When I found out Amazon is exploiting small businesses by charging 34% of their products' revenue, I wish I hadn't bought the socks from Amazon.
In 2014, the online trading mammoth charged 19%. In 2019, Amazon's total cut was $60 billion. Since then, seller's fees are expected to have doubled to $121 billion this year.
ILSR reports that Amazon is so big now small businesses would go out of business if they didn't sell through the dominant online selling portal.
Stacy Mitchell from ISLR writes that House Judiciary Antitrust Subcommittee Chair David Cicilline said:
“This important study makes clear that Amazon is crushing sellers through abusive policies that make it nearly impossible for everyday businesses to get ahead.”
I want an iPad
My choice where buying stuff is concerned is not to take out a loan to buy a family member an iPad, especially when the young mom buying it has given in to her demanding daughter. The young mom doesn't even know if she will have a job next year.
Giving into family or peer pressure these days is not necessary. We can choose instead to live within our means and not have the worry of debt hanging over our heads. Wanting to splash out because it's that time of year might be more about tradition. Something we've always done and therefore have to keep doing. But why?
According to the UK National Debt Advice organization, one-third, or 16.9 million of us, borrow money to pay for Christmas gifts. Nearly 11 million of us will put our festive food on credit. One in twenty Brits will skip paying a bill over Christmas and face late payment fees in the New Year.
Cardify in Buying the Holidays Now, Paying Later has kept track of spending throughout the pandemic. It surveyed 2000 buy now pay later (BNPL) users and found that 45.1% plan to pay for all or most of Christmas using BNPL as their third choice of payment. Debit cards came in first (65.7%) and credit cards second(54.6%).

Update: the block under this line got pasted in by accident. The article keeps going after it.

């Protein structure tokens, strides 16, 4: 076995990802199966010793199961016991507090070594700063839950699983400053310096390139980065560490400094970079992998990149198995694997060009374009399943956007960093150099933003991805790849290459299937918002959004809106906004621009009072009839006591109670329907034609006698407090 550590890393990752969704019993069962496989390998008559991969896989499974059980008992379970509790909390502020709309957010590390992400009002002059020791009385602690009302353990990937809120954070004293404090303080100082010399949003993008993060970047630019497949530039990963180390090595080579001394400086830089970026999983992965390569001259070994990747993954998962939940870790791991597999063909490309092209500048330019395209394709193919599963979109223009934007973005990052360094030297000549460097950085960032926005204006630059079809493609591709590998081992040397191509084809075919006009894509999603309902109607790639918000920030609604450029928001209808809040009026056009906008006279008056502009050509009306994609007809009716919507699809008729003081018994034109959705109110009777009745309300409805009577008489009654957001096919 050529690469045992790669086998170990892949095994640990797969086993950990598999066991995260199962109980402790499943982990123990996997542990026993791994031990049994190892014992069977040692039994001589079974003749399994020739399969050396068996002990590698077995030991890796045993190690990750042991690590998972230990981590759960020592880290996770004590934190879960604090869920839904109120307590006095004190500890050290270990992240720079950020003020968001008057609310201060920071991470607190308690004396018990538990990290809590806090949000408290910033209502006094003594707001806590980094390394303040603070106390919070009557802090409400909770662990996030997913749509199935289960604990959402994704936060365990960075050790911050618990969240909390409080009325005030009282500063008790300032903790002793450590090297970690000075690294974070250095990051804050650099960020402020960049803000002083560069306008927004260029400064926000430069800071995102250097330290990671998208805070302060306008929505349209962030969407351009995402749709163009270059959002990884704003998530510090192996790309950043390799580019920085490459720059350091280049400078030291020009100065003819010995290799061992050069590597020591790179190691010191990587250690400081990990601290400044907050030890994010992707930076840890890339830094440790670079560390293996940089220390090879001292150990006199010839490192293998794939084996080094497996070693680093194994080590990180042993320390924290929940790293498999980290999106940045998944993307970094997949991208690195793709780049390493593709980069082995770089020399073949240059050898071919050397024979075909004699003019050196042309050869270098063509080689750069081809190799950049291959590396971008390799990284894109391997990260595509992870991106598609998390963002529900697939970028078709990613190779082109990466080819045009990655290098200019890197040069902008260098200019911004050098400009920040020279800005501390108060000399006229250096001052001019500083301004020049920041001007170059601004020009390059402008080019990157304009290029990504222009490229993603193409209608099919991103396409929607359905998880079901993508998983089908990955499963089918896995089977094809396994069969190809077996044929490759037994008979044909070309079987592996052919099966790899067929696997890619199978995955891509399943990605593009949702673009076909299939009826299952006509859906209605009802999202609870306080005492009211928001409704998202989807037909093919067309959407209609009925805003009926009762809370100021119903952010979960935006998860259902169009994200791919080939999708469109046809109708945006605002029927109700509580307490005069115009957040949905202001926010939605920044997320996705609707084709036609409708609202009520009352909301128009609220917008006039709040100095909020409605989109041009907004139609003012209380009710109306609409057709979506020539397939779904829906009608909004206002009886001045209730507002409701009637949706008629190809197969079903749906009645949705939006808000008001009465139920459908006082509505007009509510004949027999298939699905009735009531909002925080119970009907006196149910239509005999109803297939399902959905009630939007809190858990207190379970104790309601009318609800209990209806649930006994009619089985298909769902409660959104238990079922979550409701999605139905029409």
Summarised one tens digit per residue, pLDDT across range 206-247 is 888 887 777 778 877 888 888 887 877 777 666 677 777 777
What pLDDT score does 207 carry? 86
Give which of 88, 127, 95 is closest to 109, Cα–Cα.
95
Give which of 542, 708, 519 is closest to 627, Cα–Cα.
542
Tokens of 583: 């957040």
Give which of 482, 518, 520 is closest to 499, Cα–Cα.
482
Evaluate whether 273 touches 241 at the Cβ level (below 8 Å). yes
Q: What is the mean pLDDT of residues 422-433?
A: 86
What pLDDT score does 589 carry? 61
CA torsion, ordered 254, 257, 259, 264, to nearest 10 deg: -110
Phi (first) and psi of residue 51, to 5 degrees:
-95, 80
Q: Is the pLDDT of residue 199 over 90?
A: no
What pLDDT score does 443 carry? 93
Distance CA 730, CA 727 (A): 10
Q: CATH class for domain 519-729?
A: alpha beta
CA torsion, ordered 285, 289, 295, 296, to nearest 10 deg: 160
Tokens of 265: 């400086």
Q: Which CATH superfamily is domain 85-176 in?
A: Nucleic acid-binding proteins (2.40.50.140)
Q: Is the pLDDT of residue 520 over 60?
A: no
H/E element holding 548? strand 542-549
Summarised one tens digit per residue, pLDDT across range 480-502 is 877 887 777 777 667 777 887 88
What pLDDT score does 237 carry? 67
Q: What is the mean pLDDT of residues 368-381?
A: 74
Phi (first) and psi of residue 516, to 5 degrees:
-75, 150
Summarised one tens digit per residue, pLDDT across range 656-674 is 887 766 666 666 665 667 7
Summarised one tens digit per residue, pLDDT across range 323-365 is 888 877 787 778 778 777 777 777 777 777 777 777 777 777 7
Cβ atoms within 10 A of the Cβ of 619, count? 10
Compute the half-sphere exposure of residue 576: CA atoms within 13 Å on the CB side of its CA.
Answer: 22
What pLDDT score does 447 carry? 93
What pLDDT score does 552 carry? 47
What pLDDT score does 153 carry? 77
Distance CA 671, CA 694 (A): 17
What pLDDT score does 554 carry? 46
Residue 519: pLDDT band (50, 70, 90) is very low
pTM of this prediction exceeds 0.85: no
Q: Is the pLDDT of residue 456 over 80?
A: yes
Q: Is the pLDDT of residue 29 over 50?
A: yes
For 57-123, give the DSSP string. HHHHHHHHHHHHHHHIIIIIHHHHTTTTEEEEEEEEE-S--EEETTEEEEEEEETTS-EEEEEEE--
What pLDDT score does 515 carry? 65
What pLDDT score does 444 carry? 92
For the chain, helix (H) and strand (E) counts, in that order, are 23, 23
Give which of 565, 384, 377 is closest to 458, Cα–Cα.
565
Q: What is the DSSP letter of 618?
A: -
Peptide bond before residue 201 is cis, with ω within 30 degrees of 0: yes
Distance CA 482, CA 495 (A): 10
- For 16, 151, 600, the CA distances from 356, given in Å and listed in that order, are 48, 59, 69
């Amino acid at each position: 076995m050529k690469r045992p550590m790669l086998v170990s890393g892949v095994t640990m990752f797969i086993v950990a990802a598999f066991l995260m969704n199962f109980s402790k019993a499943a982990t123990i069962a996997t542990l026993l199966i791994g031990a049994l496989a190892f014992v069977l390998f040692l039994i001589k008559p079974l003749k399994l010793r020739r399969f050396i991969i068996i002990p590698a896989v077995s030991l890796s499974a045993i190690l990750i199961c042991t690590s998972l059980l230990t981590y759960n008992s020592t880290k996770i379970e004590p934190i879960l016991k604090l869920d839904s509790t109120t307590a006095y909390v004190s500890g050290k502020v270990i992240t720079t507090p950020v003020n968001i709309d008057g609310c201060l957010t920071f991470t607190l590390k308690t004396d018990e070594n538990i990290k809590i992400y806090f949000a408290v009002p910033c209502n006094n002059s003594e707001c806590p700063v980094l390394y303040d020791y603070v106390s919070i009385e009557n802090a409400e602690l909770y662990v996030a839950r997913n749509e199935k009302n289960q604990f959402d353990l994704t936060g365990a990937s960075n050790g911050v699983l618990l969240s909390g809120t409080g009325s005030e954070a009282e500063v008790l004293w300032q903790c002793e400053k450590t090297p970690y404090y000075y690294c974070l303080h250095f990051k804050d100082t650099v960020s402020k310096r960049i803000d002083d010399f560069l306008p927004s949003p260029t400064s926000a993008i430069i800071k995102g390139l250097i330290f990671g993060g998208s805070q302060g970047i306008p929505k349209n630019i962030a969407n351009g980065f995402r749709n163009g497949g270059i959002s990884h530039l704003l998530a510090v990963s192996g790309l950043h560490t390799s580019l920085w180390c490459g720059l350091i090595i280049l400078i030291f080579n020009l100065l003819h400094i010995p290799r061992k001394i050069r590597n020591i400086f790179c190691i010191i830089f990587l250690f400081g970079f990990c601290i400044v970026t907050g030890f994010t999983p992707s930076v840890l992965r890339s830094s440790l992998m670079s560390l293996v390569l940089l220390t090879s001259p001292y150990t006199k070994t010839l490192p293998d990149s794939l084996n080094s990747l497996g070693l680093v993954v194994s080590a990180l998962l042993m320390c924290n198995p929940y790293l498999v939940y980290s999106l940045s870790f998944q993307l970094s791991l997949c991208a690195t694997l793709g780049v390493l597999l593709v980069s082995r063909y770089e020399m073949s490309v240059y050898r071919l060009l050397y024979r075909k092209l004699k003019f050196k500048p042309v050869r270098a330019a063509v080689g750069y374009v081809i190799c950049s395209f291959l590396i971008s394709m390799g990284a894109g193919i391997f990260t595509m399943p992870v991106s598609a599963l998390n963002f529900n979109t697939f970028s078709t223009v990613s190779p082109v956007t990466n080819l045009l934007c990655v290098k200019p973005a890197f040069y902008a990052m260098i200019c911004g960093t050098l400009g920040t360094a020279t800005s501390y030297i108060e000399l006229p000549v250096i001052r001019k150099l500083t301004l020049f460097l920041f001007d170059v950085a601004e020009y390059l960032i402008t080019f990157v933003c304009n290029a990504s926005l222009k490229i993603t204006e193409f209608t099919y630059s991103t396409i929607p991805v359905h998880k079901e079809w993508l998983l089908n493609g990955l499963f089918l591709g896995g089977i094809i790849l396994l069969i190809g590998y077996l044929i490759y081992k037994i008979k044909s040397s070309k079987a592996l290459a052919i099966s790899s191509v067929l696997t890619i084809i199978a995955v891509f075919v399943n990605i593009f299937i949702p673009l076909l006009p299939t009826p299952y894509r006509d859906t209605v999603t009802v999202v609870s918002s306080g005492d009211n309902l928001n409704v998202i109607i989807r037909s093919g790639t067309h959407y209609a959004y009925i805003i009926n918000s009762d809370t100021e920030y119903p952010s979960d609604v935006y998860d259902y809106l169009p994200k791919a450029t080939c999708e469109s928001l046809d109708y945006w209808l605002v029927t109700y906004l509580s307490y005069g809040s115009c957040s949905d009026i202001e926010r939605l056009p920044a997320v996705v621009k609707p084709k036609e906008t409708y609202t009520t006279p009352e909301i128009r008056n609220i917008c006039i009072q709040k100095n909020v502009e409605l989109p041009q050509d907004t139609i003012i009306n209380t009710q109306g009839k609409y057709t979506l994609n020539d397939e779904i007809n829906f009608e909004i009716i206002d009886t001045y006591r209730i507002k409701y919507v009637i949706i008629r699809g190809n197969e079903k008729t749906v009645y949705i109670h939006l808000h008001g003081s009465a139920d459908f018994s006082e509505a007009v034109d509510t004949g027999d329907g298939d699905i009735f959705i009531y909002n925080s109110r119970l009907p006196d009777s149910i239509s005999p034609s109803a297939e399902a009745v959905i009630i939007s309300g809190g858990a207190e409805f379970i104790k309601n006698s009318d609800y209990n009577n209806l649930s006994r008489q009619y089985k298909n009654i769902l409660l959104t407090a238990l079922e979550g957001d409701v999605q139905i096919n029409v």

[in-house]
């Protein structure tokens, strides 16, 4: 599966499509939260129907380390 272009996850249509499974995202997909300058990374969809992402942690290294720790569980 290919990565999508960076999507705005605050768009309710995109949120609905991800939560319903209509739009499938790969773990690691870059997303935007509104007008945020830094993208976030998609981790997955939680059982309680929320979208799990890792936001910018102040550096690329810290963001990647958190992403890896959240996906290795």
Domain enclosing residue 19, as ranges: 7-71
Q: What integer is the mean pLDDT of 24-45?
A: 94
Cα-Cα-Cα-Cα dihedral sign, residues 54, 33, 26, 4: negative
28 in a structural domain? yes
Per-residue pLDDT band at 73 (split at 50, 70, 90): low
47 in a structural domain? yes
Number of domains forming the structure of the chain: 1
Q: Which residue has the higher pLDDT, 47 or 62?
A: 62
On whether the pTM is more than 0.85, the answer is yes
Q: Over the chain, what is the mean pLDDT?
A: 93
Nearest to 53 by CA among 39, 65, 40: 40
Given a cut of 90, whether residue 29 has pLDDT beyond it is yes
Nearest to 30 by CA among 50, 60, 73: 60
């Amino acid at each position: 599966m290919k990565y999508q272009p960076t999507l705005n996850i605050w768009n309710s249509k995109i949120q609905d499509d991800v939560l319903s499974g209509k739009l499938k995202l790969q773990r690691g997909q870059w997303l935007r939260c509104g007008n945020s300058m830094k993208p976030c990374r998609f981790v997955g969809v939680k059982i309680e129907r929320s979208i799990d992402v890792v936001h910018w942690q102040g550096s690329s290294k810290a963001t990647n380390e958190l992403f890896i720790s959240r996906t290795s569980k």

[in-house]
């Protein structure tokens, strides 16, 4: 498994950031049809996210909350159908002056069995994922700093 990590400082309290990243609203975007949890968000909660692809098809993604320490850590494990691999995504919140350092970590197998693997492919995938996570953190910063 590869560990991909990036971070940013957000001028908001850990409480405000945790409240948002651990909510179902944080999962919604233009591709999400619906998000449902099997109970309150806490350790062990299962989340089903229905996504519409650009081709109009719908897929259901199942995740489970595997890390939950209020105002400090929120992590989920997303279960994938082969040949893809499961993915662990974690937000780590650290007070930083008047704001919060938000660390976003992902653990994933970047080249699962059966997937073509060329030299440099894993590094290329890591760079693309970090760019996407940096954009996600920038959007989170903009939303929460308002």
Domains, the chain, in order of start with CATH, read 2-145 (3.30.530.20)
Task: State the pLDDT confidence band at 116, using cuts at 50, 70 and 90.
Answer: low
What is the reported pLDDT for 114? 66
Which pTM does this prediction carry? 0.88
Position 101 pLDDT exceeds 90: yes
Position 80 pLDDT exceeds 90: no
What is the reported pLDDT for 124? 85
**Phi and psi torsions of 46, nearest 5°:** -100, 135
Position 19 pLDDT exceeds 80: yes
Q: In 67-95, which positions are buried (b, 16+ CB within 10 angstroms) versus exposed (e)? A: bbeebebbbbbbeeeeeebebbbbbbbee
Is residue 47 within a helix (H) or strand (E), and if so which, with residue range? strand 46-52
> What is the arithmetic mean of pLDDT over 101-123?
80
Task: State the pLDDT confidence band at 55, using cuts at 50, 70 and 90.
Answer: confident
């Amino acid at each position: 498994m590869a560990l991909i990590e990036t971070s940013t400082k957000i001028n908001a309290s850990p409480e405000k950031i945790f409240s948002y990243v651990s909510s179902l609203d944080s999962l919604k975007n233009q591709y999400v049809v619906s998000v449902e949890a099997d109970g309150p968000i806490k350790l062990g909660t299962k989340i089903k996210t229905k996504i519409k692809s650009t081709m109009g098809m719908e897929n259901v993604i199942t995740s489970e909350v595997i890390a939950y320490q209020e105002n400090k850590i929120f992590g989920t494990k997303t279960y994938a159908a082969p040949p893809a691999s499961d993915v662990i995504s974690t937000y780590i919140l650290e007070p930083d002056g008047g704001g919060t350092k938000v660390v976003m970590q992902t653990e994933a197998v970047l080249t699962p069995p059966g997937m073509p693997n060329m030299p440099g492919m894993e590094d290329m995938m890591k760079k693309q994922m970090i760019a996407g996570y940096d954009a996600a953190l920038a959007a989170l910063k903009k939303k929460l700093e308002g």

You've probably noticed Klarna offering three payments to break down the shock on your wallet while deciding which payment method you'll choose; it's now the leading BNPL provider. Although Klarna offers interest-free payments, it's causing higher spending.
Among those who plan to use BNPL this holiday season (“Holiday BNPL Shoppers”), 46.6% will use BNPL for more than half (37.8%) or even all (8.6%) of their holiday purchases. Cardify
Holiday BNPL Shoppers are also more likely to increase their total holiday spending this year relative to the last holiday season, with 26.2% of this group planning to spend more this year compared to 21.3% of those who don't plan to use BNPL.
What's worse is that 45.8% of BNPL shoppers said that if BNPL were not available, they would be forced to spend less. The ability to make three interest-free payments encourages higher spending.
Why would anyone willingly choose to go into debt for Christmas gifts?
Is it the dream of that perfect December 25 sitting around the Christmas tree, shaking boxes, guessing what Santa dropped down the chimney, and the faces that light up when their wishes (wants) come true? Do people still play at the I'm richer than you game, look what I can afford to buy, while less well-off folks try desperately to keep up with them?
We could go back to an orange, a wooden toy, or a coloring book. How out of the box would that be? And how happy would your bank account be in January?
Regrettably, I think too many folks are committed to investing in what they want but don't need because they always have. And pay the price. Not to mention making Amazon and credit card companies richer.